The Dukebox of Hazzard (Dukes) is a media player built around the idea of fair and equal access – in particular those situations where there is only one set of speakers in a communal space, and multiple people who want to be able to play their music. Dukes is designed to prevent people cutting other peoples tracks off partway through (by design there’s no way to skip tracks), and ensures that all users get an equal chance to hear their music by running through a round-robin of all the users who have submitted tracks for playing.

I built Dukes about 2 years ago so my colleagues and I could play music in the office without getting into arguments, and it proved to work really well. We still got into terrible arguments over whatever nu-metal/80’s power ballad/drone doom tracks some people were into, but Dukes ensured that no one had the power to shut anyone’s picks off the air.

Dukes consists of a C# application that indexes media on the host machine as well as running a standalone HTTP server that runs the players web UI. All the indexed music metadata is stored in a small SQLite database, the music player uses the FMOD audio library, and the web UI communicates with the Dukes server using a set of JSON API’s.

The only problems with Dukes were that the UI was pretty terrible, and due to the fact that it was a tool used in-house primarily be software developers, it was very much left in a it works on my machine state. I always intended to open source the app, but really wanted to file off some of those rough edges before I did so. So this weekend I did just that, I ripped out the old web UI and replaced it with a shiny minimalist UI based on Bootstrap along with some help from Handlebars.js.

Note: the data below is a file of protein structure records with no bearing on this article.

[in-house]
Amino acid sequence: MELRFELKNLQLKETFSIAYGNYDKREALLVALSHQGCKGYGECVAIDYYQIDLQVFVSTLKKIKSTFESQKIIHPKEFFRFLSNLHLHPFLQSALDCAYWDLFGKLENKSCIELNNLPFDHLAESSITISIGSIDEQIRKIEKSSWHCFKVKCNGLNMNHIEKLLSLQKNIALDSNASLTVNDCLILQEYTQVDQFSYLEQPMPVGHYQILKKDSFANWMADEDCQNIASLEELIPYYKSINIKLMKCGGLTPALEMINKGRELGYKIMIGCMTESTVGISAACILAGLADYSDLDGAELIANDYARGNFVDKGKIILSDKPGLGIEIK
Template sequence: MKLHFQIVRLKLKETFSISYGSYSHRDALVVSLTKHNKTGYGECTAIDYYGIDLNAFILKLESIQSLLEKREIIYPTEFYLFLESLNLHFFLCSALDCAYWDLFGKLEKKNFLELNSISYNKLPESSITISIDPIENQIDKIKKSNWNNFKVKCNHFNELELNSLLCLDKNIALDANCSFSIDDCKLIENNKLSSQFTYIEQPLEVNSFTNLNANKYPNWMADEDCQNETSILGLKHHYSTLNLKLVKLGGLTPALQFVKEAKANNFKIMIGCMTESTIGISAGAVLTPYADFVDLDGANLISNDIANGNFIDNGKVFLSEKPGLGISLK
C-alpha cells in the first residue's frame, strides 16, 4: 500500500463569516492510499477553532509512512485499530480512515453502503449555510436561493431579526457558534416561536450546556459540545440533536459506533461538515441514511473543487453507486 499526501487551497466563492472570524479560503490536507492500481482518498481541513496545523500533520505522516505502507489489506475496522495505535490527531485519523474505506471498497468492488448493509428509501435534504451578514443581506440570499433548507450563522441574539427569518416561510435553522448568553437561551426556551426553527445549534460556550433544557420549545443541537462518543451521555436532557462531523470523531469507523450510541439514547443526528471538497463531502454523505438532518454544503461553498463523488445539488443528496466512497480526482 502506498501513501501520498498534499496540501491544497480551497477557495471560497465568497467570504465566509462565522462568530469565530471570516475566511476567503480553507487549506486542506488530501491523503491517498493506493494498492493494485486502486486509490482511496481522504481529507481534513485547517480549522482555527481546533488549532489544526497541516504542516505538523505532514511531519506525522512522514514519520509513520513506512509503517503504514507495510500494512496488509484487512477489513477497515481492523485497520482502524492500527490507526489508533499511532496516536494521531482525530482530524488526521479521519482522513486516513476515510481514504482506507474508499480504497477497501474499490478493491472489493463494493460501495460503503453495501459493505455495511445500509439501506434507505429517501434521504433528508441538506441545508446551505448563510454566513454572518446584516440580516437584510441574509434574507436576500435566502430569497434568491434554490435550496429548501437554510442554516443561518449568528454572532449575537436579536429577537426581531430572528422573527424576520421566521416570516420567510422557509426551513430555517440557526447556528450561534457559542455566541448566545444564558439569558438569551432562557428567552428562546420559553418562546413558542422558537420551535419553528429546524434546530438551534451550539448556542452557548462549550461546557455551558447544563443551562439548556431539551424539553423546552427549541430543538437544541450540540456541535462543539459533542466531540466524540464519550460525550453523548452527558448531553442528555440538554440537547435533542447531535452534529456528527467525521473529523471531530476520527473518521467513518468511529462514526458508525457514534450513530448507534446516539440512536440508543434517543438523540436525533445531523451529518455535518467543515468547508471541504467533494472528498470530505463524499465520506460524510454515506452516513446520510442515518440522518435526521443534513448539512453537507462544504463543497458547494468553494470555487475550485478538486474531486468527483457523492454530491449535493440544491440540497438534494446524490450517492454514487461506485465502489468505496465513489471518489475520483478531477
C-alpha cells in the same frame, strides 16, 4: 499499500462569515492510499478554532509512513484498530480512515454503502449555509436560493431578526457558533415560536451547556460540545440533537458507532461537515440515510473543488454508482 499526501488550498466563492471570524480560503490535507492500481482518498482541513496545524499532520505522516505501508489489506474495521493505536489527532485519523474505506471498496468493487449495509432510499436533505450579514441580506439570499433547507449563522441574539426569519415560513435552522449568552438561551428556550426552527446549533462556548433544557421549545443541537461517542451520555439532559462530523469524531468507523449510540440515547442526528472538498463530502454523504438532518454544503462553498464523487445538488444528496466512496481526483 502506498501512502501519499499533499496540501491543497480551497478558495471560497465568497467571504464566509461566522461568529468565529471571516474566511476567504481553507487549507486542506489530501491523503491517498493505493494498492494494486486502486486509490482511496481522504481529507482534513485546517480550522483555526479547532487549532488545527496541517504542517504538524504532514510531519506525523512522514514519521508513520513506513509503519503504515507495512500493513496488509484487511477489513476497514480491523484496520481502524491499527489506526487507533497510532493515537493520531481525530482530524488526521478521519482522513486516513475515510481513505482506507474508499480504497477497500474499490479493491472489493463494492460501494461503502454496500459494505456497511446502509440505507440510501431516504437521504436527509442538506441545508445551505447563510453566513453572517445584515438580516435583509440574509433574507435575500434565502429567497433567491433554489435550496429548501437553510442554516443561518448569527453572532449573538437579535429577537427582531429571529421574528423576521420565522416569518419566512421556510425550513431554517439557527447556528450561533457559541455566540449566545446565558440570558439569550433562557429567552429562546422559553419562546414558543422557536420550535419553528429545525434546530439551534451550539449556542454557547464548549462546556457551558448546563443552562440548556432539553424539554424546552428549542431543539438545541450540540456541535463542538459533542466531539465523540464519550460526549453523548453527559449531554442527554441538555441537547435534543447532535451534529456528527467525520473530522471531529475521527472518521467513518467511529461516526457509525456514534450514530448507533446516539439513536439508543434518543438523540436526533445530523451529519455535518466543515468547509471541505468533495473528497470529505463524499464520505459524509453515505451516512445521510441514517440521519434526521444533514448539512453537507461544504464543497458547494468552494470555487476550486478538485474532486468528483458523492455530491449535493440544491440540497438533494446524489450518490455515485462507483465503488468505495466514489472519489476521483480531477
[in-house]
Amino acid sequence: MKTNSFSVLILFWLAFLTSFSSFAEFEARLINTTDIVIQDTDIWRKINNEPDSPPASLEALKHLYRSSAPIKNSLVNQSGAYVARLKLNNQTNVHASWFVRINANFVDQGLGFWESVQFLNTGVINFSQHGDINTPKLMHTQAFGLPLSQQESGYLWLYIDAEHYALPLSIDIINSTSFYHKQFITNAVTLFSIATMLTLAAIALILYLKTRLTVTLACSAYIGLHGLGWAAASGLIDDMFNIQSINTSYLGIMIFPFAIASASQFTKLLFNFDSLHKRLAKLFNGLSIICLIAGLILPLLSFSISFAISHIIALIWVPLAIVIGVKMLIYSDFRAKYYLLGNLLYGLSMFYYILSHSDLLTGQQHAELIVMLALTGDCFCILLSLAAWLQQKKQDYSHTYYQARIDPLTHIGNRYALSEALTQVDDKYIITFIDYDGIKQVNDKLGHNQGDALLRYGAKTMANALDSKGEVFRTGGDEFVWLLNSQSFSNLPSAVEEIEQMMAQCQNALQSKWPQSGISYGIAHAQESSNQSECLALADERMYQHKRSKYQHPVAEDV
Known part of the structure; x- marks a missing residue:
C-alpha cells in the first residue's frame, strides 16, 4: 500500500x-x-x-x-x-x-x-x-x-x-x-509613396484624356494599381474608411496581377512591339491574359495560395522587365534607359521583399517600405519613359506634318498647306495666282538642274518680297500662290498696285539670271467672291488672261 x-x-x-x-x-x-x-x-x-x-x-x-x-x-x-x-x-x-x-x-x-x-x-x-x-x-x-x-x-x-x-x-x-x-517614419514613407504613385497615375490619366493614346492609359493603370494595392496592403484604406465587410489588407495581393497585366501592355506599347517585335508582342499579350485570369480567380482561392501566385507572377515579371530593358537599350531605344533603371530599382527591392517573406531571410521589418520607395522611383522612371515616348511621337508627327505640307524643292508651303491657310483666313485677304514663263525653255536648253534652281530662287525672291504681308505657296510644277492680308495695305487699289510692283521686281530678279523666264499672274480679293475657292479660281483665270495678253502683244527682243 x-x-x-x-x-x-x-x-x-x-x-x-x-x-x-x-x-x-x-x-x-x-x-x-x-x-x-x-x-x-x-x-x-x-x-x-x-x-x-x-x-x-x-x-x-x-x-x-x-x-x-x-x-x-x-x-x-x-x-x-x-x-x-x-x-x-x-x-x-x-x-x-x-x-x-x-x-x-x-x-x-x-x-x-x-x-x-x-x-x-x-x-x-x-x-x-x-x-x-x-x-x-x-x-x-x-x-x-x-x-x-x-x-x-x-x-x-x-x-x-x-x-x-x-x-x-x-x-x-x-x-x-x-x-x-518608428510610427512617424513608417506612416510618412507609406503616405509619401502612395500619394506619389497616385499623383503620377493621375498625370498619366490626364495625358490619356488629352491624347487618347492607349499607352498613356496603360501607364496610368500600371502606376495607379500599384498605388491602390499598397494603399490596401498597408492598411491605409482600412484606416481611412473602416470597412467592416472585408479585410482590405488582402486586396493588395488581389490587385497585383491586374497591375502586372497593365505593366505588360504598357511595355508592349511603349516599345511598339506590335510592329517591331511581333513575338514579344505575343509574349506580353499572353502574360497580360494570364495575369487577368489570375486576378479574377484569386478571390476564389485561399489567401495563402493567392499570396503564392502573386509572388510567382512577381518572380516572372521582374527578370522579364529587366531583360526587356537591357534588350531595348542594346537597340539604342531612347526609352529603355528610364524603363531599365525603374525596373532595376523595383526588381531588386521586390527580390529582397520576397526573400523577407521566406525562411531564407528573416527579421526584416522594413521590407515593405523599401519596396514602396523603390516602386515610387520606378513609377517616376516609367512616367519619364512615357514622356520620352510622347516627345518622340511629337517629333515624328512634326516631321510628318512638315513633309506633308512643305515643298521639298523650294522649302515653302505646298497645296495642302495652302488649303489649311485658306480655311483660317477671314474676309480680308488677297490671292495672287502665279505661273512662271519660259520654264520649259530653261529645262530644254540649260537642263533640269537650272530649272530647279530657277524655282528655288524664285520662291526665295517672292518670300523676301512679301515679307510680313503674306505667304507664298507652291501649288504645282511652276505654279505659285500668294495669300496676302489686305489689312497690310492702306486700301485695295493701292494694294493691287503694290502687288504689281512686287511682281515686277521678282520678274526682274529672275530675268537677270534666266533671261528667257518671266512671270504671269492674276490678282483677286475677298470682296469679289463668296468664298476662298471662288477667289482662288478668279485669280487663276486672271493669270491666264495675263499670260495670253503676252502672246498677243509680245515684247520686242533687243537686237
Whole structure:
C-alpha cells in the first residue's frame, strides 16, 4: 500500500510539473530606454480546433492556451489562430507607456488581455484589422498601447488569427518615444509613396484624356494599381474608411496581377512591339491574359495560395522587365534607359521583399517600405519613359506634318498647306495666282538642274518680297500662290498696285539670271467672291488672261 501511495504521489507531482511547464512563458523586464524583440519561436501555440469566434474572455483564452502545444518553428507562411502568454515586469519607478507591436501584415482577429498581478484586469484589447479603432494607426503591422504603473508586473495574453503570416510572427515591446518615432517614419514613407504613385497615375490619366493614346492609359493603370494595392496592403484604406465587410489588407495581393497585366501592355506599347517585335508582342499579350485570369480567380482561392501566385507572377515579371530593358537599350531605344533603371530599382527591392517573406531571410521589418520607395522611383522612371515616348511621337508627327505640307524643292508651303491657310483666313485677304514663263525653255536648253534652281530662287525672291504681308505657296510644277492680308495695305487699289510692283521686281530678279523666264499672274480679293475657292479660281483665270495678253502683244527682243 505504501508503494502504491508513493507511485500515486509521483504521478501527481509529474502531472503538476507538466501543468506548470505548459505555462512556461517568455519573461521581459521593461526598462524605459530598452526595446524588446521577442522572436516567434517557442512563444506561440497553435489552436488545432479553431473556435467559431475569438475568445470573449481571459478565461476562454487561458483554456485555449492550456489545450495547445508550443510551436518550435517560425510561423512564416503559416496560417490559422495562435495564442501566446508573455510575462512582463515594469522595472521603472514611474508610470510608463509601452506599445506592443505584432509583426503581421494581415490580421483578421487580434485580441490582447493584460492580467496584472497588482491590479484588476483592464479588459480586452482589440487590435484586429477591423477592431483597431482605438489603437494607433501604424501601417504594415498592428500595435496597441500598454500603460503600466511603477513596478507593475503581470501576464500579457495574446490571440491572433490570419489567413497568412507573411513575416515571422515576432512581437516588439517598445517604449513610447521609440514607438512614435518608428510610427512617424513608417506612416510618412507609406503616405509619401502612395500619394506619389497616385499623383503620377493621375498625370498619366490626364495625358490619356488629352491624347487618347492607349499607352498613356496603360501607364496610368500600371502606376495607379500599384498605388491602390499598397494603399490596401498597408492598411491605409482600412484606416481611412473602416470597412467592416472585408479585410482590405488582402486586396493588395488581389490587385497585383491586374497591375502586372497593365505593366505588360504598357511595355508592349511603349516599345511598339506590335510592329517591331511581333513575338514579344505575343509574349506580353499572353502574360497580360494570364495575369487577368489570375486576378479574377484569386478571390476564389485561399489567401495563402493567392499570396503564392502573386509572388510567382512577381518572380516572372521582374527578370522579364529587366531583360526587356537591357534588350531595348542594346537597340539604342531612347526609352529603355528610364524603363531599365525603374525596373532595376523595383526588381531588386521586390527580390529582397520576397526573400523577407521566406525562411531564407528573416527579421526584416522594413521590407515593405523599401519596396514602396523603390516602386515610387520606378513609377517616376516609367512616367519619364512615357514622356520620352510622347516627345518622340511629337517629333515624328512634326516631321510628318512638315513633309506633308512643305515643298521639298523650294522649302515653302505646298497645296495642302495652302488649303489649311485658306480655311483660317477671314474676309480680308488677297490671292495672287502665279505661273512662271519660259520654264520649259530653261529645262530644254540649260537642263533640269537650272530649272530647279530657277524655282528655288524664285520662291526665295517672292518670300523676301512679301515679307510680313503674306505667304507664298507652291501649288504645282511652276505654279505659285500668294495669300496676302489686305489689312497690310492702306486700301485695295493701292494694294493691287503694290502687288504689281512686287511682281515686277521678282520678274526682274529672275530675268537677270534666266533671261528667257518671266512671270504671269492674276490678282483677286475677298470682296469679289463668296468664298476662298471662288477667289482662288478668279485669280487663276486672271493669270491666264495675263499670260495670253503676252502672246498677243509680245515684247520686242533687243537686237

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I also ripped through the server side c# code and gave everything a good polish, which consisted of fixing a bunch of incorrect concurrency handling, and removing a pile of half baked unnecessary features. I also wrote an NSIS installer script so that people can now easily install Dukes on their own machines.

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You can get the source for Dukes here on GitHub, or if you want you can download the installer from my projects page.

You might also have noticed that this site looks a little different as well – In addition to polishing up Dukes, I also went Bootstrap crazy and redid the skin for this site. The big plus from doing this is that the site now looks pretty nice on mobile devices without having to go through all the pain and suffering of having to build properly responsive CSS from scratch. Its definitely a simpler, and cleaner design than I had before, and hopefully its not too generically bootstrap’ish looking.